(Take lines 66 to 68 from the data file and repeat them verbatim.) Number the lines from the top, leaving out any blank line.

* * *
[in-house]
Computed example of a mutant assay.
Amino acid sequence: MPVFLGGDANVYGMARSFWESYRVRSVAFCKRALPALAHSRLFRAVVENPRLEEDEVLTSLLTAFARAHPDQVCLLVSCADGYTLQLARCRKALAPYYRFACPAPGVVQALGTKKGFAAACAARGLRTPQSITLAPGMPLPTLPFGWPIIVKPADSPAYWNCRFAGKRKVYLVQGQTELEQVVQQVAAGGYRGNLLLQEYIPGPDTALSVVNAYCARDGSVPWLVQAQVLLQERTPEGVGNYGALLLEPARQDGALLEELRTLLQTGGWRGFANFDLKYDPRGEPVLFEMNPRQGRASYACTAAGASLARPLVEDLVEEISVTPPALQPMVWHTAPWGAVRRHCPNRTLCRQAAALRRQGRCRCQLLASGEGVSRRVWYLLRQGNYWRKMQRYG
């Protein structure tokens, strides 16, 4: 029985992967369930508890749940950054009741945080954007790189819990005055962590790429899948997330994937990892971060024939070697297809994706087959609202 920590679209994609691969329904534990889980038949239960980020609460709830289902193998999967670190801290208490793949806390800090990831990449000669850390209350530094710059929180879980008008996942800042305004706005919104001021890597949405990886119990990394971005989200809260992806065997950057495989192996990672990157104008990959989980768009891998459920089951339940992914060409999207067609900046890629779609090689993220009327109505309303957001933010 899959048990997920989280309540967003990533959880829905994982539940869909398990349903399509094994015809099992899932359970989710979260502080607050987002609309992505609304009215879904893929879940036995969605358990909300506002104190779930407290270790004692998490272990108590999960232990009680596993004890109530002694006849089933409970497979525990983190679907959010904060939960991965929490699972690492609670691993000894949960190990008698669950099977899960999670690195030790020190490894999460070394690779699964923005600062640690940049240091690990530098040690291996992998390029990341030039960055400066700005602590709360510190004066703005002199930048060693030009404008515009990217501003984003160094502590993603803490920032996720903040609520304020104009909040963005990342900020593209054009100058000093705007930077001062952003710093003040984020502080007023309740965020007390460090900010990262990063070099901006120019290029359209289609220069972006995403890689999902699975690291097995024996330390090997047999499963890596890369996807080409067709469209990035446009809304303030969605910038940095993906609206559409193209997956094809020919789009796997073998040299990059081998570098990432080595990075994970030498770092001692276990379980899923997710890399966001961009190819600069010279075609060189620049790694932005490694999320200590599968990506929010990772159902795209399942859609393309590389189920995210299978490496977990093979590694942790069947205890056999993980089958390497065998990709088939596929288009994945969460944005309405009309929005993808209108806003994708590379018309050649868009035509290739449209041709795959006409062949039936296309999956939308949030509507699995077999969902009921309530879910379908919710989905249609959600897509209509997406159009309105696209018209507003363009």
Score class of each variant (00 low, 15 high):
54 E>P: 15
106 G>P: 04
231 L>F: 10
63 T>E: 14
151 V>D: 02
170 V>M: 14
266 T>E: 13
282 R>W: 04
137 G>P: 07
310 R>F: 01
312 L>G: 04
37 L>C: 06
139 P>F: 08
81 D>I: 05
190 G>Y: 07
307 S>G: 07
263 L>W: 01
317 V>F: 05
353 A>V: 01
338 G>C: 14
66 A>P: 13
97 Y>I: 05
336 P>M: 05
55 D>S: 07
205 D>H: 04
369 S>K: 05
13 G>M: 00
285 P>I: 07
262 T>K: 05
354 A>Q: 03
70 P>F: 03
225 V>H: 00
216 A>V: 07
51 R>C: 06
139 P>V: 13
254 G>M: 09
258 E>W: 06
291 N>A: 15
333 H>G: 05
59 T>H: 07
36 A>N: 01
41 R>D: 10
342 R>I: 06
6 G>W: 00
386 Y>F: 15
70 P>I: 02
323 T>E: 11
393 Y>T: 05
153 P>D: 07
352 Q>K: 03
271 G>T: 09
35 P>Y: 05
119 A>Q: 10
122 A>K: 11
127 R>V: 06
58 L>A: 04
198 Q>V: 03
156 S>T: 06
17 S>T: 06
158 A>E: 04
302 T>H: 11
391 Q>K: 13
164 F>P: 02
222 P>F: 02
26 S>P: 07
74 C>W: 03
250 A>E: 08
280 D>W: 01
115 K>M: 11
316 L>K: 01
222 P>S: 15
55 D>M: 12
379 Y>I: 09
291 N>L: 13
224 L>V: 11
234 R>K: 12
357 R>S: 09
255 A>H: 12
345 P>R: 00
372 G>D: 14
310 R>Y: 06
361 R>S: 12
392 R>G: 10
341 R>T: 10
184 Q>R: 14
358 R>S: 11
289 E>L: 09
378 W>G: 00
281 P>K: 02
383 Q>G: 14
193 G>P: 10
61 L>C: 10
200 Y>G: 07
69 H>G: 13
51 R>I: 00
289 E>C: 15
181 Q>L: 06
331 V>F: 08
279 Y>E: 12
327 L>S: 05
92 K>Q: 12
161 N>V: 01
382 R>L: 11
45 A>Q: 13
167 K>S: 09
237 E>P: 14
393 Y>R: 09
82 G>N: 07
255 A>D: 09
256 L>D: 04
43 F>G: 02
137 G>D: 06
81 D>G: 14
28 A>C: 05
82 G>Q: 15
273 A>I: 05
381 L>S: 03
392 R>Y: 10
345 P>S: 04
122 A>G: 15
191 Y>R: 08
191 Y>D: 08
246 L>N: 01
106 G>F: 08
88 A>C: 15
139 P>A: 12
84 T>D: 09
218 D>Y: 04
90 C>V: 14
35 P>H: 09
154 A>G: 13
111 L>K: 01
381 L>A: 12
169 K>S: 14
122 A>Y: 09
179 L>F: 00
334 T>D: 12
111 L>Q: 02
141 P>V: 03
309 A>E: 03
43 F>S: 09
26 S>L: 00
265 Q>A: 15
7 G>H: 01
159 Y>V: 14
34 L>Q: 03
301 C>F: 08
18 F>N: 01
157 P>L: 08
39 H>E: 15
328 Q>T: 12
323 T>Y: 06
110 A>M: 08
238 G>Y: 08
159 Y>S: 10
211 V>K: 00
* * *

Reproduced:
302 T>H: 11
391 Q>K: 13
164 F>P: 02